Ducey officially appointed Kyl at a news conference Tuesday, a decision that comes less than two weeks after the death of McCain, the former GOP presidential candidate and Navy veteran who held the seat since 1987.
"As I contemplated who could best serve our state in the U.S. Senate, I kept coming back to one name and one person: Jon Kyl," Ducey told reporters at the Arizona State Capitol Tuesday.
Cindy McCain, John McCain's widow, tweeted Tuesday that Kyl "is a dear friend of mine and John's. It's a great tribute to John that he is prepared to go back into public service to help the state of Arizona."
Kyl benefits from a long record of Washington experience and served a total of 26 years in Congress, 18 of them alongside McCain in the U.S. Senate. Ducey referenced that record Tuesday with Kyl standing beside him.
"There is no one in Arizona more prepared to represent our state in the U.S. Senate than Jon Kyl," Ducey said of the 76-year-old veteran of Washington politics.
The appointment of Kyl also marks a slight ideological departure from McCain, and gives Republicans a more reliably conservative vote in their ranks.
According to FiveThirtyEight, Kyl sided with the GOP on party-line votes at a higher rate than McCain in seven out of the nine sessions of Congress in which both of them were in the Senate.
Kyl was the second-ranking Republican in the U.S. Senate when he left office and more recently has been deeply involved in the U.S. Supreme Court nomination process of Judge Brett Kavanaugh, whose confirmation hearings officially began today. The White House announced Kyl as the 'Sherpa' for President Trump's Supreme Court nominee in July.
"Over the last few months, Senator Kyl has been working closely with the White House on the Senate confirmation of the President Trump’s nominee to the U.S. Supreme Court, Brett Kavanaugh. Now, Senator Kyl can cast a vote for Kavanaugh’s confirmation," Ducey said Tuesday. During his over two decades in Congress, Kyl served on the Senate Judiciary Committee during the confirmation of four U.S. Supreme Court justices.
Asked Tuesday about his relationship with President Trump, Kyl said that he has met him only once but said it has been an "honor" to help with Kavanaugh's nomination process.
"I don't really have a relationship with President Trump," Kyl said.
In a February 2018 interview with a local Arizona radio station, Kyl said Trump is "his own worst enemy."
"I don’t like his style. I think it is boorish. I think he’s his own worst enemy. He could be much more effective if he were more politique, more diplomatic — of course, that’s one of the things that people like about him — the fact that he isn’t that way. But I think there’s a happy medium," Kyl told Arizona radio station KJZZ.
Despite Kyl's previous criticism, President Trump responded positively to the news of his appointment Tuesday afternoon and said the Arizonan will be "an extraordinary Senator representing an extraordinary state."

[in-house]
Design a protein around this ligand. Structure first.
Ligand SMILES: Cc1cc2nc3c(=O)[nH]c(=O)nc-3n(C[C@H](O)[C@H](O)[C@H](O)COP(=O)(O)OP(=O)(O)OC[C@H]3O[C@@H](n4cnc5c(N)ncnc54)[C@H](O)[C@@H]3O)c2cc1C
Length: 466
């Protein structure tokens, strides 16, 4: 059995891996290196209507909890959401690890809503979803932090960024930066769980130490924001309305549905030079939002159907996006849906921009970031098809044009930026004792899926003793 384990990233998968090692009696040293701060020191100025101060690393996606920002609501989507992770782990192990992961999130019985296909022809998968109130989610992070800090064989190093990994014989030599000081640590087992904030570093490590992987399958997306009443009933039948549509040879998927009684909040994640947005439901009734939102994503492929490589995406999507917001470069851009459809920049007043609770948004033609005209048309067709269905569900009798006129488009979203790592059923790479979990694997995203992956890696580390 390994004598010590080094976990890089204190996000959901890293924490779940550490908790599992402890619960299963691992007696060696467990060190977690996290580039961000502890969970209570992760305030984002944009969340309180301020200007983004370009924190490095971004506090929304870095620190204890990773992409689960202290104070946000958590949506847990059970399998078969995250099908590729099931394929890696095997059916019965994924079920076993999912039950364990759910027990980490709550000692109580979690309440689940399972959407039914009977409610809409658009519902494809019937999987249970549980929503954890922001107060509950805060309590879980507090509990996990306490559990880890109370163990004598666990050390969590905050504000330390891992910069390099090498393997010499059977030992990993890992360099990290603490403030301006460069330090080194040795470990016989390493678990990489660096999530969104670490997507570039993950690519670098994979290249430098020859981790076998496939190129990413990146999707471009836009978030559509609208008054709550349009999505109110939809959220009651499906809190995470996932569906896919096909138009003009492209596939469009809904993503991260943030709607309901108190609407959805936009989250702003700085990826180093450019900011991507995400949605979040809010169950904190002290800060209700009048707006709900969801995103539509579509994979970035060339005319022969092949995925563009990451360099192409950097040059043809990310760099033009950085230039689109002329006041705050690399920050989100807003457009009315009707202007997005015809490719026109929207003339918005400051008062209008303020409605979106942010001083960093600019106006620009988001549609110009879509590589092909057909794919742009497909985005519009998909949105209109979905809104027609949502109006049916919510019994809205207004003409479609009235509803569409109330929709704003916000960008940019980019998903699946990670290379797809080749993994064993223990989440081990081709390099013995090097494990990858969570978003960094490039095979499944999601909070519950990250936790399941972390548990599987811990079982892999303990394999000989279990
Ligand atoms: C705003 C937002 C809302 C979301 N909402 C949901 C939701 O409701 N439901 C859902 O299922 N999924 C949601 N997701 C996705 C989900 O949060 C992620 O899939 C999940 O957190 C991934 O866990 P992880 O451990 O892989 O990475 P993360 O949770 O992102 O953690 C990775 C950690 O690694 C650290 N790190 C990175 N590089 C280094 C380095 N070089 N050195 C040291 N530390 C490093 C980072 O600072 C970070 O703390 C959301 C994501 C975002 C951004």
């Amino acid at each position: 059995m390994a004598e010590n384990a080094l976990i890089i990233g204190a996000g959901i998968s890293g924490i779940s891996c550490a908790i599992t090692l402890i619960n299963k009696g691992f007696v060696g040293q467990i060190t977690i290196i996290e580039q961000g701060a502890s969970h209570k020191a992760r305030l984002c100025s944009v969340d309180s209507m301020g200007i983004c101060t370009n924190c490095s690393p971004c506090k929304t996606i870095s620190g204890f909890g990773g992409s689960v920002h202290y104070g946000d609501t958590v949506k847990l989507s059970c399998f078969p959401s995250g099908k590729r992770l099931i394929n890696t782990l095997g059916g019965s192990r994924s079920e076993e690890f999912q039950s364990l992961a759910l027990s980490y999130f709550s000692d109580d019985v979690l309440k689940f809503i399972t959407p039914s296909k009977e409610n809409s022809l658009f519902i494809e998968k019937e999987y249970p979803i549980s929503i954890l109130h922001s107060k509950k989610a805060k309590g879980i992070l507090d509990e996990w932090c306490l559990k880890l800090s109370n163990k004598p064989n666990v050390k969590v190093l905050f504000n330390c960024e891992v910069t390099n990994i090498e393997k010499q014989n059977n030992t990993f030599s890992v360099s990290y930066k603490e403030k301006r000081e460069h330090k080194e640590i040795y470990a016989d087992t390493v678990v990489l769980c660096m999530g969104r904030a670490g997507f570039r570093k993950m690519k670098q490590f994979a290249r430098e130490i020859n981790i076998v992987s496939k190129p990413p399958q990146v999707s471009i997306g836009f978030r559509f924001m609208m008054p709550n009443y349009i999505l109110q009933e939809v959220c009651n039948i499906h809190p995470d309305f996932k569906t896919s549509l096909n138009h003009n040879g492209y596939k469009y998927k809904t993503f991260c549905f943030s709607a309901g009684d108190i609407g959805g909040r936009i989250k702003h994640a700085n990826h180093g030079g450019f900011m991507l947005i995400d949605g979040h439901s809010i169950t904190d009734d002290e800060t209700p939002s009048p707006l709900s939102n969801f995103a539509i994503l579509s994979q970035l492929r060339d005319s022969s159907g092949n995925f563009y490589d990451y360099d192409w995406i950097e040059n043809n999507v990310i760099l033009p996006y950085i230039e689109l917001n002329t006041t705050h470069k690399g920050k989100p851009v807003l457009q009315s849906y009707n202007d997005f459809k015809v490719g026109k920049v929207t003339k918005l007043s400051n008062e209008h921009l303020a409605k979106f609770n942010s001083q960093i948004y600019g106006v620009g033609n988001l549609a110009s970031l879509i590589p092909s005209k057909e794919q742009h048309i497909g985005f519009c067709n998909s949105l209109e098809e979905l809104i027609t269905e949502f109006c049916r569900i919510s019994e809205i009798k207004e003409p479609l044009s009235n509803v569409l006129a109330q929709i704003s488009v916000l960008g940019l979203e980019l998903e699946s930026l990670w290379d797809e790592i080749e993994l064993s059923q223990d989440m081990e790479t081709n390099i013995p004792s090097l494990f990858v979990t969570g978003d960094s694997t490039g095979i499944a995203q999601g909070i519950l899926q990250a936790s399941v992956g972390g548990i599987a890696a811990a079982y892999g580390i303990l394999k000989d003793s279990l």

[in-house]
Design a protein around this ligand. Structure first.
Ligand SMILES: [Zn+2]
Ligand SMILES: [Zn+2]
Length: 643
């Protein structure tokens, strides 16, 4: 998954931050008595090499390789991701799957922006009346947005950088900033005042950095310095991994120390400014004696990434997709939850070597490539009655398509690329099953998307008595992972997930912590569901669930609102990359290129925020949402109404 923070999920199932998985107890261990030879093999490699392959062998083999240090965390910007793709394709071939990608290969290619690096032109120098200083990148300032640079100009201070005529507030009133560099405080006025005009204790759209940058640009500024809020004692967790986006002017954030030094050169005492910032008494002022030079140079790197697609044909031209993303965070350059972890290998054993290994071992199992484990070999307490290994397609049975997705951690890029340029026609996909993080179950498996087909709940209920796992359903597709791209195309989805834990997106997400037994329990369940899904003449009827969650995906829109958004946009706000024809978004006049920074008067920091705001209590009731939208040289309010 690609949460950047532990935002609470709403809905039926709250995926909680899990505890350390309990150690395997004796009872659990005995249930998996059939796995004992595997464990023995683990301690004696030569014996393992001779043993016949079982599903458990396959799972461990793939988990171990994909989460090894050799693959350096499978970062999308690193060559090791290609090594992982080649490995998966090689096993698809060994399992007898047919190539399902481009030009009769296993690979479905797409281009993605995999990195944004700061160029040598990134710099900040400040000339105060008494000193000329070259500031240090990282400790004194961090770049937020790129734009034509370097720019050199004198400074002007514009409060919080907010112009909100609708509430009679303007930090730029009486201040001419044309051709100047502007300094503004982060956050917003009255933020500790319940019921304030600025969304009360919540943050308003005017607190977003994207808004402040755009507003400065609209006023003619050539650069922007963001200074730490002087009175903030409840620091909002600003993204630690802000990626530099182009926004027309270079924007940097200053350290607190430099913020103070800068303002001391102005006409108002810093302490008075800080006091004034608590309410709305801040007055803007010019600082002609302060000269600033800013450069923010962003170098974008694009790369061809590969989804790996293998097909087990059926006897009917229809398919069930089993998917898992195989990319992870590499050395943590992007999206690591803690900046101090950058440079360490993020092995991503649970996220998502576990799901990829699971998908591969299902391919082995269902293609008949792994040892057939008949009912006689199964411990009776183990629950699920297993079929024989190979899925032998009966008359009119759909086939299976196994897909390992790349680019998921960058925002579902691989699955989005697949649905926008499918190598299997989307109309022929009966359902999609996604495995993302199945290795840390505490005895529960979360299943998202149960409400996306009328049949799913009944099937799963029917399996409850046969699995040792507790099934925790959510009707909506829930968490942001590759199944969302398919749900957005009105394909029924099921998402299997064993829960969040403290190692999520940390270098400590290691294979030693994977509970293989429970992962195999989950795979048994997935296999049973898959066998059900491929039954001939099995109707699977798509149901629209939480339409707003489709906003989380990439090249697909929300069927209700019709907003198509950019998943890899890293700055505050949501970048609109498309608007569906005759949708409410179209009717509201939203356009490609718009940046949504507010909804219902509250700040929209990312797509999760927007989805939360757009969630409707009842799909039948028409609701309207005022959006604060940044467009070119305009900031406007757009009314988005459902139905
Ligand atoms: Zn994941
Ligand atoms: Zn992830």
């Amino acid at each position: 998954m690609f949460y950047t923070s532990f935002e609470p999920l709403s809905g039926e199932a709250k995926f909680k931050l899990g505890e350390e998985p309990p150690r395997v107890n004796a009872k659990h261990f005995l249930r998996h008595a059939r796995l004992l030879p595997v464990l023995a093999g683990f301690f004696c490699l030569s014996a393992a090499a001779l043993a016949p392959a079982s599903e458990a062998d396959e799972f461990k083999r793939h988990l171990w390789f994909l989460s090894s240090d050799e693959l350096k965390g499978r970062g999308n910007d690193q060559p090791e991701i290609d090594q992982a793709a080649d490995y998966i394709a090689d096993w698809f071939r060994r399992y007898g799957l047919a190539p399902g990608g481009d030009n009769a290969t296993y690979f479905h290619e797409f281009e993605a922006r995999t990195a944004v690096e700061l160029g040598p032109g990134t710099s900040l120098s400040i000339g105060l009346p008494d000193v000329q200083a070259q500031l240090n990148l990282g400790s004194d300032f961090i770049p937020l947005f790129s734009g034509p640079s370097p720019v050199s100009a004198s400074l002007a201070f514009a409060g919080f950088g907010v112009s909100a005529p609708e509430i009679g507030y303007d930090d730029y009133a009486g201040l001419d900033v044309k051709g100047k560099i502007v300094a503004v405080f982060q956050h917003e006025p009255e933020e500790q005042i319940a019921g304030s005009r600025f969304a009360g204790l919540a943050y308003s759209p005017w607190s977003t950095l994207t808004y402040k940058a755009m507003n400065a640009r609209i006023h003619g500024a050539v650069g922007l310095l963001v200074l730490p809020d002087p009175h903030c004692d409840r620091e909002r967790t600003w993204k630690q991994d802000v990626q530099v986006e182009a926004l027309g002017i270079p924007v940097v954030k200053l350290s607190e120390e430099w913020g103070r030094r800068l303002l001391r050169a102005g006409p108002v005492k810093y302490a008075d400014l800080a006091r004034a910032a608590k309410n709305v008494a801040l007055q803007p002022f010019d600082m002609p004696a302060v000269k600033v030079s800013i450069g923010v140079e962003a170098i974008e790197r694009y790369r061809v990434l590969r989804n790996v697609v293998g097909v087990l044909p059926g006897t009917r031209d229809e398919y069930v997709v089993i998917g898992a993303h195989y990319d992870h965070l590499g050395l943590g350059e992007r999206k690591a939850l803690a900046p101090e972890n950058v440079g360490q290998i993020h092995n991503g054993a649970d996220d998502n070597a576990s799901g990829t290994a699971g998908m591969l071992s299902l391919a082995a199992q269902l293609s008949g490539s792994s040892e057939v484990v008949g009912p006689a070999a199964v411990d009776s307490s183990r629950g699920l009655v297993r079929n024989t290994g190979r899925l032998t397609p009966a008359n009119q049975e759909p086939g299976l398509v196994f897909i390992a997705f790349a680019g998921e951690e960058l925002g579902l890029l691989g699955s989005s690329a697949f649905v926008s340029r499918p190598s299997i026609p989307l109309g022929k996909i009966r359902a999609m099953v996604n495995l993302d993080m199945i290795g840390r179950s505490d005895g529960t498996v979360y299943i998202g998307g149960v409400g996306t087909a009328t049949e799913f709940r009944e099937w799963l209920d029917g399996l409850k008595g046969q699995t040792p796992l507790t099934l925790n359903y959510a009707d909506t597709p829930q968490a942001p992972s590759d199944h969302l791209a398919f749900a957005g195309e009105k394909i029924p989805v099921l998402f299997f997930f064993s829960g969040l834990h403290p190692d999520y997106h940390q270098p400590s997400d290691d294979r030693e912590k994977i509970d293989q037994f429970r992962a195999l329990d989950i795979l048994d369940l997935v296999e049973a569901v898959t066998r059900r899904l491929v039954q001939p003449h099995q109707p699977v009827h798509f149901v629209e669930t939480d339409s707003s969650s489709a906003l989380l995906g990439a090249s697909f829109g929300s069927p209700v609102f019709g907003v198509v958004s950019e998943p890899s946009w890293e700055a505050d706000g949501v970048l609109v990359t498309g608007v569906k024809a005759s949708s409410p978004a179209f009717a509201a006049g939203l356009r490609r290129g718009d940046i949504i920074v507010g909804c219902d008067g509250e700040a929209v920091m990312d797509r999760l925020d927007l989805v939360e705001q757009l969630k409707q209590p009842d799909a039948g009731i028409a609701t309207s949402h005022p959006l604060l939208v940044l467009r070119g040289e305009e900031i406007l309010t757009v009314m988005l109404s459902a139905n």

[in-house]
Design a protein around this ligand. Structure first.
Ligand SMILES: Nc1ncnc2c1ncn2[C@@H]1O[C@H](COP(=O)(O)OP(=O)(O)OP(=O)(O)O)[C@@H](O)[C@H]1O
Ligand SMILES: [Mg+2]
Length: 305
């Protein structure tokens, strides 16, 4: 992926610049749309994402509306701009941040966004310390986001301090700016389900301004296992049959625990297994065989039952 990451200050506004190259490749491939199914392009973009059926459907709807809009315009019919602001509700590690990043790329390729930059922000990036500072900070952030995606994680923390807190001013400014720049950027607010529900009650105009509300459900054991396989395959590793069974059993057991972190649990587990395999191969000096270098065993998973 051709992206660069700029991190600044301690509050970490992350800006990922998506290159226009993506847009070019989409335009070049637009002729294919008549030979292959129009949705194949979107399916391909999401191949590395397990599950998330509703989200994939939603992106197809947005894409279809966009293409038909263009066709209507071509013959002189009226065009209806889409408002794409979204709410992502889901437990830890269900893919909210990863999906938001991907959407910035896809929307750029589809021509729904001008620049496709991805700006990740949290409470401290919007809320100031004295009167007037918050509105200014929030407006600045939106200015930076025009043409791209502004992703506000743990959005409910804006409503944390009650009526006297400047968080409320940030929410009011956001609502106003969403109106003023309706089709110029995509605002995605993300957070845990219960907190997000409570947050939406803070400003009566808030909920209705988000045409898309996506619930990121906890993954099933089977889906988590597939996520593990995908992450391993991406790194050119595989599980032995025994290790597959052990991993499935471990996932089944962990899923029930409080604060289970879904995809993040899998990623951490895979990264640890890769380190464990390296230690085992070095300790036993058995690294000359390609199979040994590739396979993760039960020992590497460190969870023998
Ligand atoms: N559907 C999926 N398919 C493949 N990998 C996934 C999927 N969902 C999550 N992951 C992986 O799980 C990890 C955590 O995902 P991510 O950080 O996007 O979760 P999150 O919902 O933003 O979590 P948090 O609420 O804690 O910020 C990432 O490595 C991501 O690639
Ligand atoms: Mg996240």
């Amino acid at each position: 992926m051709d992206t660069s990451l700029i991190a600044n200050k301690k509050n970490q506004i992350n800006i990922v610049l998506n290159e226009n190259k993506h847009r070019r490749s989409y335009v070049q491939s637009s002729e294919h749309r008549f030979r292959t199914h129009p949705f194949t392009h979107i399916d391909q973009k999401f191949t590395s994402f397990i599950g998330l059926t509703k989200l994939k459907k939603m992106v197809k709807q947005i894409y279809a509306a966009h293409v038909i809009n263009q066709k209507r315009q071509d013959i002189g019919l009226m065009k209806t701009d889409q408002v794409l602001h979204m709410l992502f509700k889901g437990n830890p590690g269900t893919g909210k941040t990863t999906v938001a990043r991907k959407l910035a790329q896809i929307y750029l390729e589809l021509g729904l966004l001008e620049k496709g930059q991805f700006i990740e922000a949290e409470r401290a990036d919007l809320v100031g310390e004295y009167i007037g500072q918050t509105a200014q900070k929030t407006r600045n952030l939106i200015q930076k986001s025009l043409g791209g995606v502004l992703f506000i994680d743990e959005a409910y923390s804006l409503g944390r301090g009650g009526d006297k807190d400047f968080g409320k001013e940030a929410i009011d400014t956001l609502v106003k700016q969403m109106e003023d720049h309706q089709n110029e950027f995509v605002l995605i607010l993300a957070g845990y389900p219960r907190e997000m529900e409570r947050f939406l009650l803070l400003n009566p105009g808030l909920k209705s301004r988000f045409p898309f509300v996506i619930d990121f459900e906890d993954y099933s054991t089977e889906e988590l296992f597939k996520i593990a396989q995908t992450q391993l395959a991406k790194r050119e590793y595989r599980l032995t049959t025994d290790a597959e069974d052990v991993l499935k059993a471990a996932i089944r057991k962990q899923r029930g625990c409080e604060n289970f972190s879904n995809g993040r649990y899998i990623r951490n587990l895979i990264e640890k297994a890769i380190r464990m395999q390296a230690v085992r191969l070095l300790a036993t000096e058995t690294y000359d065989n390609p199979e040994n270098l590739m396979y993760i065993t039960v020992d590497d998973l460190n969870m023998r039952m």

Kyl's arrival in Washington does not immediately impact the balance of power in the U.S. Senate, where Republicans are clinging to a 50-49 majority with the midterm elections just over two months away.
The former senator and congressman said Tuesday that he will not seek re-election to the seat in 2020, when a special election will be held to determine who will fill out the remainder of McCain's term until 2022.
"I will not seek this seat in 2020, nor any other office in the future," Kyl said Tuesday, "I'm accepting this appointment to fill the seat vacated by the passing of my dear friend because of my sense of duty to the state I love and the institution of a Senate in which I served for 18 years."
Ducey said it is his hope that Kyl serves long that that, but picked Kyl because he is the "best possible person, regardless of politics."
Ducey, a Republican, was required by Arizona law to name a Republican to replace the Republican McCain. The former Arizona senator also has a close relationship with Ducey, who has referred to him as a mentor that he has leaned on through the early days of his administration.
The governor also confirmed the news and offered praise for Kyl in a tweet prior to his news conference Tuesday morning, saying "I am deeply grateful to Senator Kyl for agreeing to succeed his friend and colleague of so many years."
Arizona's other U.S. Senator, Republican Jeff Flake, told reporters on Capitol Hill Tuesday that Kyl is the "perfect guy" to succeed McCain.
"They worked together for 18 years. They served together. So I think he'll fit right in. He obviously shared Sen. McCain's views on most things, and perfect guy to succeed him," said Flake, a prominent Trump critic in the GOP who is not seeking re-election to the U.S. Senate this year.
Republican Rep. Martha McSally, who won the GOP primary to succeed Flake last week, praised Ducey's decision to appoint Kyl.
"Senator Jon Kyl is a brilliant man of integrity and a proven leader for Arizona and the entire country," McSally said in a statement Tuesday, "I commend Governor Ducey for his wise decision and look forward to working with Senator Kyl for Arizona."